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What’s been driving the rise in auto prices since COVID?

Semiconductors are just a semi-cause

The FRED graph above plots the consumer price index for motor vehicles: Clearly, the prices of both new and used cars have risen over the course of the pandemic. What’s been driving this rise in prices?

On the one hand, the generous fiscal stimulus to mitigate the impact of the pandemic likely increased demand and put upward pressure on car prices. On the other hand, as the graph also shows, total domestic auto production has been and remains substantially below January 2020 levels, which suggests that supply-side factors have also likely played a role in the rise of car prices. With the demand for cars outpacing production during this period, car inventories were gradually depleted from early 2020 to the present, as also shown in the graph.

The outbreak of COVID-19 and its impact on workplace operations may account for the drop in production over the first few months of the pandemic, but it’s unlikely that these factors account for the persistent decline of domestic car production.

A popular narrative attributes this decline to semiconductor shortages. Semiconductor production indeed experienced significant pressure over the past couple of years, with demand spiking and manufacturers unable to scale up production fast enough to meet that demand. Because semiconductors have become a critical input for the production of cars, an input with few close substitutes, shortages of semiconductors can severely curb the production of new cars.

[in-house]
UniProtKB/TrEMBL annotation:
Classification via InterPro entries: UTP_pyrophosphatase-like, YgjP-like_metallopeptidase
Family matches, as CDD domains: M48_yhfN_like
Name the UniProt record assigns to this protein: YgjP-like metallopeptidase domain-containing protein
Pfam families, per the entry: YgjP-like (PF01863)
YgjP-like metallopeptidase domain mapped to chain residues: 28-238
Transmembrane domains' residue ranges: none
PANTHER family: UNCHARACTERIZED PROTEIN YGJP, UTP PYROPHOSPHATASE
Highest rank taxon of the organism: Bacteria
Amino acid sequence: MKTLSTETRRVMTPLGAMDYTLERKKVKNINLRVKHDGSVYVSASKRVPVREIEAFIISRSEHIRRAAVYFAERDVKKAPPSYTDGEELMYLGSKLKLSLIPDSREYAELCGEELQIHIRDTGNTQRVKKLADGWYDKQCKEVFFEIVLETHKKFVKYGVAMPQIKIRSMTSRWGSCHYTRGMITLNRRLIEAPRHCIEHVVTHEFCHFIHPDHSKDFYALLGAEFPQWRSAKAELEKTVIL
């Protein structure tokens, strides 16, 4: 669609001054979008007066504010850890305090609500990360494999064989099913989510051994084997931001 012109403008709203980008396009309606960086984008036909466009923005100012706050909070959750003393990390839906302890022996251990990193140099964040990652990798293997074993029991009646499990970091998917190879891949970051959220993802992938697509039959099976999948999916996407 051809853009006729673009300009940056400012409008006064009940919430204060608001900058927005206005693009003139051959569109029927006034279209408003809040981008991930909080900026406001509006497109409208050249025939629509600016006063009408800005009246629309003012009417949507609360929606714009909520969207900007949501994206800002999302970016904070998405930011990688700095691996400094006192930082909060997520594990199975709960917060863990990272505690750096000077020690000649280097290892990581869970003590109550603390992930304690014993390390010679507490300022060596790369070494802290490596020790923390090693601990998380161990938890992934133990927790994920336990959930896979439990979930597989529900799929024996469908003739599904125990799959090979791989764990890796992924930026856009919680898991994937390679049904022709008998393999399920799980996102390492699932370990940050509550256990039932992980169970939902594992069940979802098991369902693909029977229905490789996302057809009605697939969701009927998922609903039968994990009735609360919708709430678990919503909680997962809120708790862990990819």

So, semiconductor shortages are likely playing a significant role. But the FRED graph below shows that the recent decline of car production falls broadly within the long-term downward trend over recent decades: Car production has generally been declining since the mid 1990s. This trend suggests that, even without the significant increase in demand following COVID-19, car production may still have continued to decline; moreover, car production may not revert to pre-pandemic levels even after the semiconductor shortages end and demand eases up.

How these graphs were created: Search FRED for “Consumer Price Index for All Urban Consumers: New and Used Motor Vehicles in U.S. City Average.” From the graph, click on “Edit Graph,” open the “Add Line” tab, and search for and select “Domestic Auto Production” and “Domestic Auto Inventories” Use the “Edit Lines” tab to change units to “Index (Scale value to 100 for chosen date).” Enter the base year date as “2020-01-01.” Select the “Copy to All” button to apply to all series. Set the earliest date in the window to “2020-01-01.” For the second graph, search FRED for “Domestic Auto Production.”

Suggested by Jason Dunn and Fernando Leibovici.

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